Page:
Regarding the noise, military turboprops (and jets) are very noisy, but when it comes to passenger transports, turboprops match the jets. This research for example compared the noise level in the cockpits (one of the loudest parts of a plane) of similar-sized planes (A319 and Dash 8), and the turboprop was the quietest.

  • 2
    $\begingroup$ Comments are not for extended discussion; this conversation has been moved to chat. $\endgroup$
    – Federico
    Commented Oct 5, 2018 at 6:47

Noise and insufficient demand

Prop driven aircraft have much louder cabins than turbofan driven aircraft. Prop noise is directional, and the passenger cabin adjacent the blades is the most noisy position. Cockpit noise measurement is not representative.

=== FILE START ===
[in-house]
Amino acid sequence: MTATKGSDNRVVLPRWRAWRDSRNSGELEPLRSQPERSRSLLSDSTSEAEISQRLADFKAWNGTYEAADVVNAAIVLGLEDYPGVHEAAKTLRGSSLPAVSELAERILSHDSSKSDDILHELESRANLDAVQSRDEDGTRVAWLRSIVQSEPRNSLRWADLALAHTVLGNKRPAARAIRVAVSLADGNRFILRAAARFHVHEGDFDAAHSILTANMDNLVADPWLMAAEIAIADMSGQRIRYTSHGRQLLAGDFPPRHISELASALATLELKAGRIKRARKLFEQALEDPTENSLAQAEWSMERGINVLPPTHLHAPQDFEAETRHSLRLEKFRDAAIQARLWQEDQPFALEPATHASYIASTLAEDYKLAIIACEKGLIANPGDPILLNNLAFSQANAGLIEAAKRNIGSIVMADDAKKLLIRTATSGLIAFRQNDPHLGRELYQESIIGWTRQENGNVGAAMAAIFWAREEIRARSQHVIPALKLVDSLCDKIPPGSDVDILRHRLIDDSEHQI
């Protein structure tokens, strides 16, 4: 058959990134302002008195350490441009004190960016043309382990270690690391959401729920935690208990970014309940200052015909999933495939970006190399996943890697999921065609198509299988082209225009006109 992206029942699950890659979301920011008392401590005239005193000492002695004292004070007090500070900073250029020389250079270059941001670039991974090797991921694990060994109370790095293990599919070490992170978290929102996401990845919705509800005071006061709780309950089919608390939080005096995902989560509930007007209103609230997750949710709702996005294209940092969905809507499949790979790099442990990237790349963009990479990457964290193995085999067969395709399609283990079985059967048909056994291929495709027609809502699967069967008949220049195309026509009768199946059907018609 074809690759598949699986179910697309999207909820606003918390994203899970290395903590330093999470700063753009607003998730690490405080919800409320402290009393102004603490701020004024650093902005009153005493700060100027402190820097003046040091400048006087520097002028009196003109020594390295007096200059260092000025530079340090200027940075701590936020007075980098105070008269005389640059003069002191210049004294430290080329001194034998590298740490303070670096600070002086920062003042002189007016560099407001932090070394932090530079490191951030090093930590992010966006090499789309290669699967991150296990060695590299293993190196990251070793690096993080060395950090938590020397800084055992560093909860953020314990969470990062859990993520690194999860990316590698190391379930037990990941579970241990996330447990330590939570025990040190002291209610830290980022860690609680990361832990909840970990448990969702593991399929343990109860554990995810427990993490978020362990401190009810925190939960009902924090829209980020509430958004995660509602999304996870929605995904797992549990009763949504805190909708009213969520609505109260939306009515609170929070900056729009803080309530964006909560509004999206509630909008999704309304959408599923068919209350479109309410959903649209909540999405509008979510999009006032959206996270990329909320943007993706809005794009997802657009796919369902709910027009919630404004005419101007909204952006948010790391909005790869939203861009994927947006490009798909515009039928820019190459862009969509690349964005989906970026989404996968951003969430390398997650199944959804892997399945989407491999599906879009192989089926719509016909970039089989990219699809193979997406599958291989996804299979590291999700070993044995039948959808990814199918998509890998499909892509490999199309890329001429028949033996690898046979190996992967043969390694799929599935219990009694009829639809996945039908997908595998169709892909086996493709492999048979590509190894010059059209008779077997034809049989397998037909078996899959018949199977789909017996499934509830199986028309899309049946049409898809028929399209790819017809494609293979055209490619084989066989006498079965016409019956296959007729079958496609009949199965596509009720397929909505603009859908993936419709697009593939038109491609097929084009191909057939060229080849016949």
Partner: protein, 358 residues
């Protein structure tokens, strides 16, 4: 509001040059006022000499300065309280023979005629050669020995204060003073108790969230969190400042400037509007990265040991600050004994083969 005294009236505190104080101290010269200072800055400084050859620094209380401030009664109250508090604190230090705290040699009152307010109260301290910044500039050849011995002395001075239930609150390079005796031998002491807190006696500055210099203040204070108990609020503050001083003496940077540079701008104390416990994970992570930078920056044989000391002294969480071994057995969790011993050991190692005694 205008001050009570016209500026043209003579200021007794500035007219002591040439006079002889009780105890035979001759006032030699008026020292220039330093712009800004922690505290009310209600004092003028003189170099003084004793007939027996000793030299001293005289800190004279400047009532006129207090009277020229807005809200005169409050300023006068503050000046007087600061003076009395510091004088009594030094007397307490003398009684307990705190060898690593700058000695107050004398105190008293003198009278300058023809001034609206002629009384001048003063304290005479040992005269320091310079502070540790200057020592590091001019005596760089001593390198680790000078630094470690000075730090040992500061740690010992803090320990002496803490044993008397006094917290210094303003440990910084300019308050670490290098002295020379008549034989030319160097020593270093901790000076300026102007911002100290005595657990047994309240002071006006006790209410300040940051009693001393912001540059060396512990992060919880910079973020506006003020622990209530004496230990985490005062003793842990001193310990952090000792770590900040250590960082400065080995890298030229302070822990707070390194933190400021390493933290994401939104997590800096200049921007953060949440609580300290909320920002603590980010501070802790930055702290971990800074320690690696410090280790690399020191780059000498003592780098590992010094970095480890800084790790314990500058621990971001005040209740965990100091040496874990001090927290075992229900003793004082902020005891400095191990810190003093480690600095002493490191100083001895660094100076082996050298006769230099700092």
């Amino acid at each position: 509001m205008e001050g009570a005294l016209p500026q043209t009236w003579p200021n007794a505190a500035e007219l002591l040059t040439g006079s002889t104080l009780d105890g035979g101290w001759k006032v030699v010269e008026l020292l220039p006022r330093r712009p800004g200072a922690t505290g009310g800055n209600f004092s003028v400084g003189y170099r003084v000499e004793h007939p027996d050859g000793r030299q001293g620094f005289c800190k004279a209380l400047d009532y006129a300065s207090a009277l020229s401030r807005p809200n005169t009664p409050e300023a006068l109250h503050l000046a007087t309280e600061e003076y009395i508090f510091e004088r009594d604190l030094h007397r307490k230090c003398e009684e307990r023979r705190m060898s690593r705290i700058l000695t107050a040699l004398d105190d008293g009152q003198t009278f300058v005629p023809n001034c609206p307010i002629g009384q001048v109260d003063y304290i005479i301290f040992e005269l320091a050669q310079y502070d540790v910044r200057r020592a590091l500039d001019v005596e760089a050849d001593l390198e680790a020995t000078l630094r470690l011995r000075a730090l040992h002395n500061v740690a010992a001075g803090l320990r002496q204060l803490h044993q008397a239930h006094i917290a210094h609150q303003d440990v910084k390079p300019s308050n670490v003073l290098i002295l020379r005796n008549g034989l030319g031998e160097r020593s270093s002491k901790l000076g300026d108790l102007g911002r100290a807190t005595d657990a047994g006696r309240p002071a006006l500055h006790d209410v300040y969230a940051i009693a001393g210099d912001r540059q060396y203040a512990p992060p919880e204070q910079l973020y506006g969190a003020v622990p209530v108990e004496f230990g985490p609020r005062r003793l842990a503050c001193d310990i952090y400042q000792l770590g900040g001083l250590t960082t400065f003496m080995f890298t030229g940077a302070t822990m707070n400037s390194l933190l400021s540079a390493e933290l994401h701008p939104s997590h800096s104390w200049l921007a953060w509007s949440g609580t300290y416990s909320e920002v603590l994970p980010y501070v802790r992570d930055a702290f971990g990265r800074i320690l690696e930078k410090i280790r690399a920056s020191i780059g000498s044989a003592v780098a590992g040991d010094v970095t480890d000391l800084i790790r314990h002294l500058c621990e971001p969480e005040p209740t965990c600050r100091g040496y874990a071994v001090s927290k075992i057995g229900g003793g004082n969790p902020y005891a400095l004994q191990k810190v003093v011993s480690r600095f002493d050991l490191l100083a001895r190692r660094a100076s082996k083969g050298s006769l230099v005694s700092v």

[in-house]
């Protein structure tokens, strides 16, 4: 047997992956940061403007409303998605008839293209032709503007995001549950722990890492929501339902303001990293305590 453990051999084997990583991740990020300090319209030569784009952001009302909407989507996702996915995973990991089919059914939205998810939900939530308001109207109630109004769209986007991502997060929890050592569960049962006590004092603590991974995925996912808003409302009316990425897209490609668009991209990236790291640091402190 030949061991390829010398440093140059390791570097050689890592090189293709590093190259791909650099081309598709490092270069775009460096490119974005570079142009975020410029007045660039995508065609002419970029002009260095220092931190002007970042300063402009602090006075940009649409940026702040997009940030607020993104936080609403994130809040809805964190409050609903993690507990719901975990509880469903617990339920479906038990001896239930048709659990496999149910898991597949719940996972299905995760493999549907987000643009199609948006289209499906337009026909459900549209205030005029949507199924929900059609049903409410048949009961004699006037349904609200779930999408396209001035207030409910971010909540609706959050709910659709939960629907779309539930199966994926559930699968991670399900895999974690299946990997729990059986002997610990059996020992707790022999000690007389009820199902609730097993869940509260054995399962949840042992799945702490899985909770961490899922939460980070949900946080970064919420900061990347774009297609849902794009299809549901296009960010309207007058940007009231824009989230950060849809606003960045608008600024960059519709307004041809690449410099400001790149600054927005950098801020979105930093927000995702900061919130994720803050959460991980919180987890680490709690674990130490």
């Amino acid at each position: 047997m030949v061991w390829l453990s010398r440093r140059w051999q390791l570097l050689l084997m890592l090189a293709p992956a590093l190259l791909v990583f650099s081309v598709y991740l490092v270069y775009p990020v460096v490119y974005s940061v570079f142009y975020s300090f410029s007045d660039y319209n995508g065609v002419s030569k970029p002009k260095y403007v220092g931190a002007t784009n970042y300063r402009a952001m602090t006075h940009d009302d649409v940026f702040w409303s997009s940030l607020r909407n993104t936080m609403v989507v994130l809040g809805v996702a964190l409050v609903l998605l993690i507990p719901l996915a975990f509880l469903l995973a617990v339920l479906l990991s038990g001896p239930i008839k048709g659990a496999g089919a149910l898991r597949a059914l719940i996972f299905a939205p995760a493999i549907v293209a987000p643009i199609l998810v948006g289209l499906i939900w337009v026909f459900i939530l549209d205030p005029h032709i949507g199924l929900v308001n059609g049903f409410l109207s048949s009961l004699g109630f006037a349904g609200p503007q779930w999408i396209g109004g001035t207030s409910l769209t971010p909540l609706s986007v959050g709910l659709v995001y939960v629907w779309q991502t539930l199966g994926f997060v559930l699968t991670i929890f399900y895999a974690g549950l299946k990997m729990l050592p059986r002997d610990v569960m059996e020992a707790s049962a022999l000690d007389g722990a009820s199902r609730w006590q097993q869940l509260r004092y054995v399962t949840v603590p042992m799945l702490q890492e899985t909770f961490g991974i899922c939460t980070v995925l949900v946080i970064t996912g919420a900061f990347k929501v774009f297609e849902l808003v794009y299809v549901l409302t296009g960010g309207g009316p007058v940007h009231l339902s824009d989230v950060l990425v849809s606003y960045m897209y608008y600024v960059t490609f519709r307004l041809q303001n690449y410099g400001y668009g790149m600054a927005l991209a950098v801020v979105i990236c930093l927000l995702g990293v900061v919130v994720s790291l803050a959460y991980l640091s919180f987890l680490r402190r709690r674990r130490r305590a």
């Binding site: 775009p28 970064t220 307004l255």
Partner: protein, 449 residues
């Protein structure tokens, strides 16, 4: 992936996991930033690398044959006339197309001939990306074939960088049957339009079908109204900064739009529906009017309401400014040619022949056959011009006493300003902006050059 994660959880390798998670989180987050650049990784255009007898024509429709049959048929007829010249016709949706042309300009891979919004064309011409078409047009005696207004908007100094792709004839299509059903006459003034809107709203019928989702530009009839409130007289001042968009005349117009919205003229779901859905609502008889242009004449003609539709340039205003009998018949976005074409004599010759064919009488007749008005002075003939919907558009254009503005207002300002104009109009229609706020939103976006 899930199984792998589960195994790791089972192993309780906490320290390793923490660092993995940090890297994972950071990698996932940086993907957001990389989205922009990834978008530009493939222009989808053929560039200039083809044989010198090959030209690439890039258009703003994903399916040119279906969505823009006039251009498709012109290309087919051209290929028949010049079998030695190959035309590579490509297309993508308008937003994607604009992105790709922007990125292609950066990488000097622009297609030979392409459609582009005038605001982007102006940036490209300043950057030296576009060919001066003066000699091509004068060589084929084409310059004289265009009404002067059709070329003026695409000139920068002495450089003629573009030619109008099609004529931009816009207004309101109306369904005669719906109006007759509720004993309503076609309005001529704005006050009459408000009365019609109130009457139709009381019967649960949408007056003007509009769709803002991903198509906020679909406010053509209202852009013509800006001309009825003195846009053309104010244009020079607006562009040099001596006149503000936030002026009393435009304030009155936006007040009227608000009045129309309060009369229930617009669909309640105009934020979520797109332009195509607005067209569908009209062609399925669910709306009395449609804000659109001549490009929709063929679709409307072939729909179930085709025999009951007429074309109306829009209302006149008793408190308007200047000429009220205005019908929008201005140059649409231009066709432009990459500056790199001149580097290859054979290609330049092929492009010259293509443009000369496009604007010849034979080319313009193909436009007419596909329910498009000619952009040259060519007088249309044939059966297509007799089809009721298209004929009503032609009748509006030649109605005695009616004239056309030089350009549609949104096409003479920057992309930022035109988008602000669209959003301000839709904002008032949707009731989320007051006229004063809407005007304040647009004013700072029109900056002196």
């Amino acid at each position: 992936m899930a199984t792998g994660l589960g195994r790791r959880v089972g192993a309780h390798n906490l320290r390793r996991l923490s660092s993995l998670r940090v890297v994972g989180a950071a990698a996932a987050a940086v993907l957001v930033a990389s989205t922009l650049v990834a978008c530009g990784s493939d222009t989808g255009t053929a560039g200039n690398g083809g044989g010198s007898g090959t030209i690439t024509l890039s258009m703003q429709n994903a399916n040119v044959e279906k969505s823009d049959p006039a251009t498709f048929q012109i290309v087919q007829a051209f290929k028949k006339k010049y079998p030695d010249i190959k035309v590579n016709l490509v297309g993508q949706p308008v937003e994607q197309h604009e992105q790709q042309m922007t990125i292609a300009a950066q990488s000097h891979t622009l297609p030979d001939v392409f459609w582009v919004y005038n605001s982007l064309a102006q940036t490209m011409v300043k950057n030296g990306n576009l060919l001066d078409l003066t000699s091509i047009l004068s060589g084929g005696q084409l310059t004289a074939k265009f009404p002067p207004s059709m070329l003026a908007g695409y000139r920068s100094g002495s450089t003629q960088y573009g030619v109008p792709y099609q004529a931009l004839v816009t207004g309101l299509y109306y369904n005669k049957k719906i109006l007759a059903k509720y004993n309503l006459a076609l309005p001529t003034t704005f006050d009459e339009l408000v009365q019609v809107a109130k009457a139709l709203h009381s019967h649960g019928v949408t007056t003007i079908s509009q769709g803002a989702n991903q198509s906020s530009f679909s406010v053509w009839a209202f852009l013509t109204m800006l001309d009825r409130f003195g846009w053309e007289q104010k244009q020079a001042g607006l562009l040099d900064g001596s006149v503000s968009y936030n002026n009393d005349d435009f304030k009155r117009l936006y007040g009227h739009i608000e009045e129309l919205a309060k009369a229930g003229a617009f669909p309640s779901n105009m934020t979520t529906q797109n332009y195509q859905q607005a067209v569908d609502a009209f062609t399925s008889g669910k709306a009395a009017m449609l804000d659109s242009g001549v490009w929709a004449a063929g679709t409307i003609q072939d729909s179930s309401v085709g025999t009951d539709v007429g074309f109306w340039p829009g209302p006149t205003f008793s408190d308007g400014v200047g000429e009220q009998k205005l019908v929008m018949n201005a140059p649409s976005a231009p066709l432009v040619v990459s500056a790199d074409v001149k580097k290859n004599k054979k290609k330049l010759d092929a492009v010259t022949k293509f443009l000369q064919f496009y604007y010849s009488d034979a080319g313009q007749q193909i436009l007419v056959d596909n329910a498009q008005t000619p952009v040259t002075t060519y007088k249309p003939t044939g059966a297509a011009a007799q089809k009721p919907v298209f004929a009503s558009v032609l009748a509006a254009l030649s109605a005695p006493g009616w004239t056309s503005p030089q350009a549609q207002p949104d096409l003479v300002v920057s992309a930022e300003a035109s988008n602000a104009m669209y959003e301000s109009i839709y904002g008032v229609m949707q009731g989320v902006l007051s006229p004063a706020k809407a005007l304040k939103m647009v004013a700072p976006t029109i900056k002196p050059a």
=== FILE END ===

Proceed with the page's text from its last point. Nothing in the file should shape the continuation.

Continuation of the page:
The A400m has a fuselage diameter equivalent to the a330 and a gross weight similar to a 767, contrary to claims of a narrowbody cabin width measured to accomodate nine foot tall trucks. The AN22 has a maximum takeoff weight of 550klb, heavier than any a330. Both of these are currently flying turboprop widebody class aircraft; neither of these can carry passengers without hearing protection.

The A400m requires noise deadening treatment to even get to safe industrial levels of sound, let alone something that a passenger would be willing to endure. The AN22 is beyond ridiculously loud. Turboprop aircraft are aimed at short haul as passengers won't put up with the noise for more than a hour or two.